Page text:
GES to clamp down on student disturbances during WASSCE

Director-General of GES, Professor Kwasi Opoku Amankwa

The Ghana Education Service says it is adopting a zero-tolerance approach to recent disturbances in schools taking part in the ongoing West African Senior School Certificate Examination (WASSCE).

In a statement, it said it was appalled by the videos showing “crass indiscipline” from students, including the instances of students insulting against the President.

The Juaben Senior High School and Tweneboa Kodua Senior High School are among the schools that have seen rioting.

Students at the Bright Senior High School at Kukurantumi also attacked some invigilators after allegedly being spurred on by their proprietor.

The GES noted that “any destruction of school property will be surcharged against the culprits established to be involved.”

“Instances were criminal acts have been reported should be reported to the police for investigations,” it added.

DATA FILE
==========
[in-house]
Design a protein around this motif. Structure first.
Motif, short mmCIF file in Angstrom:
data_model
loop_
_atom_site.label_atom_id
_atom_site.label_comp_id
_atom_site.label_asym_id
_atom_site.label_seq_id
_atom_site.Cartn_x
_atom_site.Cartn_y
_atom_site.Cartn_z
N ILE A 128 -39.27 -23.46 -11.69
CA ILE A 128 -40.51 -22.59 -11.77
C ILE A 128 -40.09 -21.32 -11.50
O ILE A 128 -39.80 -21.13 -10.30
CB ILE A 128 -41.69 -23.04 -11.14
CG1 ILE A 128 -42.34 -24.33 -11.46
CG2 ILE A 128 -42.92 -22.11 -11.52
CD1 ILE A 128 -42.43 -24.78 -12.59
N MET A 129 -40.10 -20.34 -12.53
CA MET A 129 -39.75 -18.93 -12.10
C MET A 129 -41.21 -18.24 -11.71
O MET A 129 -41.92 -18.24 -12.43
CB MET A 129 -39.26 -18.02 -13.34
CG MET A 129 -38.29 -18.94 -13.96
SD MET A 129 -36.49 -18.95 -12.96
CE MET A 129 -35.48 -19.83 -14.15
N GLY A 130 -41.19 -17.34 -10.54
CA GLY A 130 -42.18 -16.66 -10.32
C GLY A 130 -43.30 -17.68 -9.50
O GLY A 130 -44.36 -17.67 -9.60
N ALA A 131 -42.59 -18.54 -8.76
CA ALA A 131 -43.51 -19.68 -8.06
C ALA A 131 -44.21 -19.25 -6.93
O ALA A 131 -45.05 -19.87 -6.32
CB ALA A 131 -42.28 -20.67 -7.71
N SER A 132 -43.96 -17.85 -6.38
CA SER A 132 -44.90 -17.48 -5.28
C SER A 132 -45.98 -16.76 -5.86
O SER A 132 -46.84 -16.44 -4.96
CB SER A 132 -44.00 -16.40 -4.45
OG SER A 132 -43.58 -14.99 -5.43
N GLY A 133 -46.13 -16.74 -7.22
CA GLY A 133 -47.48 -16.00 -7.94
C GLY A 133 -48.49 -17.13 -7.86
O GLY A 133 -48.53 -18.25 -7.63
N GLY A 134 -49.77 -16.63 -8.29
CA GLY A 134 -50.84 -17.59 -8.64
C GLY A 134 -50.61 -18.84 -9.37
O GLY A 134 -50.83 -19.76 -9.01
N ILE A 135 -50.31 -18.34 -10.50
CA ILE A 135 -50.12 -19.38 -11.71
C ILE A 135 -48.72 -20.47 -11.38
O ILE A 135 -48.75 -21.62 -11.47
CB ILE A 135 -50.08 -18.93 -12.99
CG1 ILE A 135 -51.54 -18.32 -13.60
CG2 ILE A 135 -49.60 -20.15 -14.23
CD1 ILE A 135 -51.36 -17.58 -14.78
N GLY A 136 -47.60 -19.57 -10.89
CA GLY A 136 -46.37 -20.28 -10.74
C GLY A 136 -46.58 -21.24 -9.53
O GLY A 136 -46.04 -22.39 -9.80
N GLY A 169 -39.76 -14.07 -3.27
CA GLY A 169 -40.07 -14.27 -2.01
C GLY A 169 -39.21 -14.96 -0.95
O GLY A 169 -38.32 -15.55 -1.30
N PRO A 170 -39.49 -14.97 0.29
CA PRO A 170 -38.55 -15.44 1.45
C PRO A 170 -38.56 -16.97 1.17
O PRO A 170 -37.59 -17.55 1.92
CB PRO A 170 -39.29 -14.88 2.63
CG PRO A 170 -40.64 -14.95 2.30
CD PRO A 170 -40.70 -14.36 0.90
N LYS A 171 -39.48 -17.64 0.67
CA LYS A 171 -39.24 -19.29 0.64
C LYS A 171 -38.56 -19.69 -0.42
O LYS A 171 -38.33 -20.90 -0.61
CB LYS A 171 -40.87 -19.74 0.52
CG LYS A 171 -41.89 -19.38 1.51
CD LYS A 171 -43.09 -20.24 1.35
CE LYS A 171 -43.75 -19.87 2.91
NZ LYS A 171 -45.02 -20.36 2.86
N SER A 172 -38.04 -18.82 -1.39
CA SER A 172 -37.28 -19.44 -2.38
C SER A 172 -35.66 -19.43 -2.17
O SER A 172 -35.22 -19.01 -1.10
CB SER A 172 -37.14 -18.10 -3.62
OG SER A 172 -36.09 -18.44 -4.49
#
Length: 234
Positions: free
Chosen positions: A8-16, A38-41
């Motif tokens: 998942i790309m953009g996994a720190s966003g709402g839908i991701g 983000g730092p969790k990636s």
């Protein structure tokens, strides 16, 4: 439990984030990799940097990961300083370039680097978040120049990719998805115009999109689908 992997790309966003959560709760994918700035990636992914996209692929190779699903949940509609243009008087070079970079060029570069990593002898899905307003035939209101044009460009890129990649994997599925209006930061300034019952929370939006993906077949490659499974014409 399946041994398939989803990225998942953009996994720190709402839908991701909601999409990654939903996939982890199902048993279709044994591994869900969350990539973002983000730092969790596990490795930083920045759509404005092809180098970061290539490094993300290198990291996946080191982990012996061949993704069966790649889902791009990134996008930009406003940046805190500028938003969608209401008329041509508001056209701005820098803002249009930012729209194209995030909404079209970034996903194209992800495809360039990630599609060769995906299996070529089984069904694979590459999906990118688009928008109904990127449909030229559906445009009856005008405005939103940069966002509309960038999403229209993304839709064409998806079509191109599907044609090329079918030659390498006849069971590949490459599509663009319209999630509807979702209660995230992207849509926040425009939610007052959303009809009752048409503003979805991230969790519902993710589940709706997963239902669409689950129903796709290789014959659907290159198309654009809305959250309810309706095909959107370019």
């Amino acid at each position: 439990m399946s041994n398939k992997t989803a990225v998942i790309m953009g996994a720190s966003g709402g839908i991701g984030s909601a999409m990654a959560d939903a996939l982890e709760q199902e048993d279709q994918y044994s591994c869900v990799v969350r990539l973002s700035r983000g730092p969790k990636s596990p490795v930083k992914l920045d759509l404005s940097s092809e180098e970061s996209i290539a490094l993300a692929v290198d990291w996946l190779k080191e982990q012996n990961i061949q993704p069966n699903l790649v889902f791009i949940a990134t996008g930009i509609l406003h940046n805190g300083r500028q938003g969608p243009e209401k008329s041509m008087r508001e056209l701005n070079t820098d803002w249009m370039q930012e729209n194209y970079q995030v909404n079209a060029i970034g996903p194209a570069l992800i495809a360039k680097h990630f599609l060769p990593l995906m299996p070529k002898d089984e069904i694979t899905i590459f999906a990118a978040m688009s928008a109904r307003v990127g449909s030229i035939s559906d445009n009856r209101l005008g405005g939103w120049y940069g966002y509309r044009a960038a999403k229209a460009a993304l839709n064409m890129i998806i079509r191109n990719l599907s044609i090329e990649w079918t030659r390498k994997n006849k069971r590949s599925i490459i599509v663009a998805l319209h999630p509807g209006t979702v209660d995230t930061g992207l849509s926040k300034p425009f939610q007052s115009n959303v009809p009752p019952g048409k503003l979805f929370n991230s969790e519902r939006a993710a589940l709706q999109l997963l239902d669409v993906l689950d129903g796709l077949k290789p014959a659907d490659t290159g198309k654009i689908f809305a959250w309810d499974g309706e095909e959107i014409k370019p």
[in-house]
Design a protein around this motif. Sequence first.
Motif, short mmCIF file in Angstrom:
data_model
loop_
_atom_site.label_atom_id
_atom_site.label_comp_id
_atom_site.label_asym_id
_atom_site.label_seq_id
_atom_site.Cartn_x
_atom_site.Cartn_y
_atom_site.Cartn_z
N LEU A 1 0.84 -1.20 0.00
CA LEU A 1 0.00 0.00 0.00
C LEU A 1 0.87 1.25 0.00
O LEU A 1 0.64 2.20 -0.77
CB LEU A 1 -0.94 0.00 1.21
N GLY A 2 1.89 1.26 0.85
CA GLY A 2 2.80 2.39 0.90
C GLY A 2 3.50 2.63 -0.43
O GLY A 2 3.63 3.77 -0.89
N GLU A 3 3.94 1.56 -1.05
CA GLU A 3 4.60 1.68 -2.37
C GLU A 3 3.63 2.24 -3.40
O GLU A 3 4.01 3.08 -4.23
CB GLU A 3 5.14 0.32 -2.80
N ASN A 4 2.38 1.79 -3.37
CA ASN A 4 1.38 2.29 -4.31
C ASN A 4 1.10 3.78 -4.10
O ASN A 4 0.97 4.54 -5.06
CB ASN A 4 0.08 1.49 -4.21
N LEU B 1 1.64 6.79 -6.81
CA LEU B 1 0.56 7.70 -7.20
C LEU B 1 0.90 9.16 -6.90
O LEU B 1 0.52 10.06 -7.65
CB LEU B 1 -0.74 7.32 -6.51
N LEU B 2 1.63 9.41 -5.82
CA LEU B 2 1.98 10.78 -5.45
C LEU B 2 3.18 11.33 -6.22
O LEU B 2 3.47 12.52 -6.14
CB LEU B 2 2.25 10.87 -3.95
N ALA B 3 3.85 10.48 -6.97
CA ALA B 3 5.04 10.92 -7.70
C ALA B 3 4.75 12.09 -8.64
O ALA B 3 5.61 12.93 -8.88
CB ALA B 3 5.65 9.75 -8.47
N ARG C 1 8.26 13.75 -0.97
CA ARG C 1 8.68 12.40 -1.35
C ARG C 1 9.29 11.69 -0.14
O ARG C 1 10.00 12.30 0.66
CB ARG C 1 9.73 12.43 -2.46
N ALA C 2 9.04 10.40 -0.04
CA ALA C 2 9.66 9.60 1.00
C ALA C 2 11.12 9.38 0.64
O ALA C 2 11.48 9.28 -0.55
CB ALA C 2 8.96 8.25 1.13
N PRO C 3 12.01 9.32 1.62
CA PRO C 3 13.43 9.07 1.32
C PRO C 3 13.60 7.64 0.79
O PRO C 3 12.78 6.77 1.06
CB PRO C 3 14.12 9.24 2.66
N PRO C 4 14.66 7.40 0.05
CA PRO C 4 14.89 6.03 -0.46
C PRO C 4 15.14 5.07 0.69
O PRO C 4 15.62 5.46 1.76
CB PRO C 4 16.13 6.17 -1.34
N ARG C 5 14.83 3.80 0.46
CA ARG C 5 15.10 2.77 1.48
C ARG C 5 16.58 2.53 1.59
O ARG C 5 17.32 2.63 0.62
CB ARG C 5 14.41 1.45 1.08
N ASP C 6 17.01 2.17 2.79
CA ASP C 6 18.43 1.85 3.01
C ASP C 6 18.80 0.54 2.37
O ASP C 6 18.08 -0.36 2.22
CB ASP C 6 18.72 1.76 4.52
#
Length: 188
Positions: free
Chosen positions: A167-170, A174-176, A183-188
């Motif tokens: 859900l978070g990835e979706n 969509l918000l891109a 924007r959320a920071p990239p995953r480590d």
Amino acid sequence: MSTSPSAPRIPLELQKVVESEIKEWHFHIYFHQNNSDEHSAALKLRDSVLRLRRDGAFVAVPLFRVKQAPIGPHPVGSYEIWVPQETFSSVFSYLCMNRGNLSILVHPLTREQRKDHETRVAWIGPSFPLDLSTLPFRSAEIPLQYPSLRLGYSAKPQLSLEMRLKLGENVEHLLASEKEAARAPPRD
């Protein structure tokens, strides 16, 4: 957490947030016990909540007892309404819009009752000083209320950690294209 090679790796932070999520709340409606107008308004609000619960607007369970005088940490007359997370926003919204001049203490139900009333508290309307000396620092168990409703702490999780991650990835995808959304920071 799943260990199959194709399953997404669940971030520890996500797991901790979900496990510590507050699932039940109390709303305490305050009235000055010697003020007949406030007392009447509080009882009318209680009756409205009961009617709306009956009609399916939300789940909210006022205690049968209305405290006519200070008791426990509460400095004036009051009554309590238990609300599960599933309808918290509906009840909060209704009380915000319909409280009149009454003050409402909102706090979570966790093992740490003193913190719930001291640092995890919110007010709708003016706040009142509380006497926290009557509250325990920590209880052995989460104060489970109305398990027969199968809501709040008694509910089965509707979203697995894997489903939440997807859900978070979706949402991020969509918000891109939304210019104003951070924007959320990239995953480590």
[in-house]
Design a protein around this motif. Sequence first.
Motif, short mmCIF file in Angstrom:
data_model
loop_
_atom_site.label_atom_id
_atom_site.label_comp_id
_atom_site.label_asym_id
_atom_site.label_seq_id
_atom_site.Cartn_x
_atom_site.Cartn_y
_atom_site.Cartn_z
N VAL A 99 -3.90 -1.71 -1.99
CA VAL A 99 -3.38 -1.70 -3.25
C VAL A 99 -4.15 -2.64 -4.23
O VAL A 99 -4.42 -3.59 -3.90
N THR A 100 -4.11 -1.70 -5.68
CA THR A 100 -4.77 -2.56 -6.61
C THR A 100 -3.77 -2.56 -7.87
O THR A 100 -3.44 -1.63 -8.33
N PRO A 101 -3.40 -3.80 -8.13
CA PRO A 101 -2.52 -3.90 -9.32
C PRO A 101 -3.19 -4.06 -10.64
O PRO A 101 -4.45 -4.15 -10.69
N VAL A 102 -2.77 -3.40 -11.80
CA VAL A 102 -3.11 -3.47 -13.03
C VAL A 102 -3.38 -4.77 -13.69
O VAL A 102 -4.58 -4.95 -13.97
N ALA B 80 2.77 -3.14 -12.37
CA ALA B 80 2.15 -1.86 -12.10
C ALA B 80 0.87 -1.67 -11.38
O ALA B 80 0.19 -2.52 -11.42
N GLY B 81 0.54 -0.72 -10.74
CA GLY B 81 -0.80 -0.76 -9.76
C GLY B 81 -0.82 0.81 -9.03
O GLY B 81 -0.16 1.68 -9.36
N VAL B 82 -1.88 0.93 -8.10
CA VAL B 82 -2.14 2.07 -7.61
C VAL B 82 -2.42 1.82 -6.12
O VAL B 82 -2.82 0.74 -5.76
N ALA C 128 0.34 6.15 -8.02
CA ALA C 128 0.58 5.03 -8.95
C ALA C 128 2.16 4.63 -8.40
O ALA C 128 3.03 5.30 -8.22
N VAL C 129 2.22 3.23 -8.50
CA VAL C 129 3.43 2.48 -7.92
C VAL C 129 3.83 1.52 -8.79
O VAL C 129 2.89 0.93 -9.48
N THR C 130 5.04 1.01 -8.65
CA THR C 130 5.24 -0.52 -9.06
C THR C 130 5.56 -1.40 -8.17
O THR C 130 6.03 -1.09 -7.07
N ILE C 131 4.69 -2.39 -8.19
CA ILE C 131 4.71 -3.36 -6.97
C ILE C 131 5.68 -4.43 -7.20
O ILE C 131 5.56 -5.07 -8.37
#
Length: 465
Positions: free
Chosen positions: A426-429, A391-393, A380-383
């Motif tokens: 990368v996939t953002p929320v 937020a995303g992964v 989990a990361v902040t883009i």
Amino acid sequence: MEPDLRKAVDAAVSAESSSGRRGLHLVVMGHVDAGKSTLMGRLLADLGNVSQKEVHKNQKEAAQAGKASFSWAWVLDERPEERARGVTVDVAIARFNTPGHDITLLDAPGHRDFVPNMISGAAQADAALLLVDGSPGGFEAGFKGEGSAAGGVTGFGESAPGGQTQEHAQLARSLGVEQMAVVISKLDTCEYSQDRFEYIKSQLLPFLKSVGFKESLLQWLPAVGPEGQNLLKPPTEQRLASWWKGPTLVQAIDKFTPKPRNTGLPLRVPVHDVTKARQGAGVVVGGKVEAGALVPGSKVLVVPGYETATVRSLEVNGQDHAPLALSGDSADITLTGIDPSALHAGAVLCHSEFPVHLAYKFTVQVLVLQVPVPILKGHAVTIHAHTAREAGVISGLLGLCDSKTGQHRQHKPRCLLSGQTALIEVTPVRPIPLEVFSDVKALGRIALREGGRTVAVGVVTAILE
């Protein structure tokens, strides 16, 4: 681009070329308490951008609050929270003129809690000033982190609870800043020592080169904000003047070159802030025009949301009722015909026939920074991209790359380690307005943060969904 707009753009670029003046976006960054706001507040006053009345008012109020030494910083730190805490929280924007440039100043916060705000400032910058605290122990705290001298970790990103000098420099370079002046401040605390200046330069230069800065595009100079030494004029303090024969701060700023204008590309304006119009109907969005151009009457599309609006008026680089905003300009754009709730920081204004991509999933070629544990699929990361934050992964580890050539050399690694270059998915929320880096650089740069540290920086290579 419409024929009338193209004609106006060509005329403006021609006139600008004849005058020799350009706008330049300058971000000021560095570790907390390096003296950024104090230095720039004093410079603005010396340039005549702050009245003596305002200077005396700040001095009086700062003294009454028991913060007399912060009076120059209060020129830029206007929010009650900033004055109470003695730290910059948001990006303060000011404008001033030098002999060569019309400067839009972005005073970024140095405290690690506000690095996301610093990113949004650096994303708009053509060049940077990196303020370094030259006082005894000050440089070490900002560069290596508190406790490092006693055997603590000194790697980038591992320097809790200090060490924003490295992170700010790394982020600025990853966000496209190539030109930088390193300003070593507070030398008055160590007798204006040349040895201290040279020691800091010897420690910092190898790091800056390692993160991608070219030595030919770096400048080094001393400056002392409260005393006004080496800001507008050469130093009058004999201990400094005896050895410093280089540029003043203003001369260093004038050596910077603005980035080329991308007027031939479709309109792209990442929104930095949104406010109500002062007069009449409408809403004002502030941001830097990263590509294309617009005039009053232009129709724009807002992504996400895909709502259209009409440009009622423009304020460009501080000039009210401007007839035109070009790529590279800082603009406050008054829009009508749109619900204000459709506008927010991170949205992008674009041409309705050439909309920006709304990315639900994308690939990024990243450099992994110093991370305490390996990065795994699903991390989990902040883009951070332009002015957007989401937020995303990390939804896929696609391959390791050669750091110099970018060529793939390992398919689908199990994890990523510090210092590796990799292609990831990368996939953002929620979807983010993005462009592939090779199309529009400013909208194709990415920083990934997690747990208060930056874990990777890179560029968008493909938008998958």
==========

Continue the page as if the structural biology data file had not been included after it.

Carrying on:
Directors of Education have also been directed to “take action on all such misconducts and submit reports to the Director-General immediately.”

The service further warned parents that “pleas for mitigation will not be tolerated.”

Speaking on Eyewitness News, the Director-General of GES, Professor Kwasi Opoku Amankwa, said students implicated in vandalism would also deboardinized and made to sign an undertaking.

“We have set up investigative committees to ensure we get to the end of it,” he assured.

Prof. Amankwa also backed school heads who are preventing examination malpractices.

He said some of these teachers were acting on reports made to the GES.

“There is intelligence that some students have arranged with some teachers hopefully to support them in the schools and when these came to the attention of the authorities, the authorities then decided to tighten the security and invigilation,” Prof. Amankwa explained.

For the students insulting the President, Prof. Amankwa said the service had identified students at Sekondi College and Battor Senior High School.

Though the GES has no regulations on such comments against the head of state, Prof. Amankwa insisted that “when you insult the President, you don’t need to have a specific rule of GES to deal with them.”

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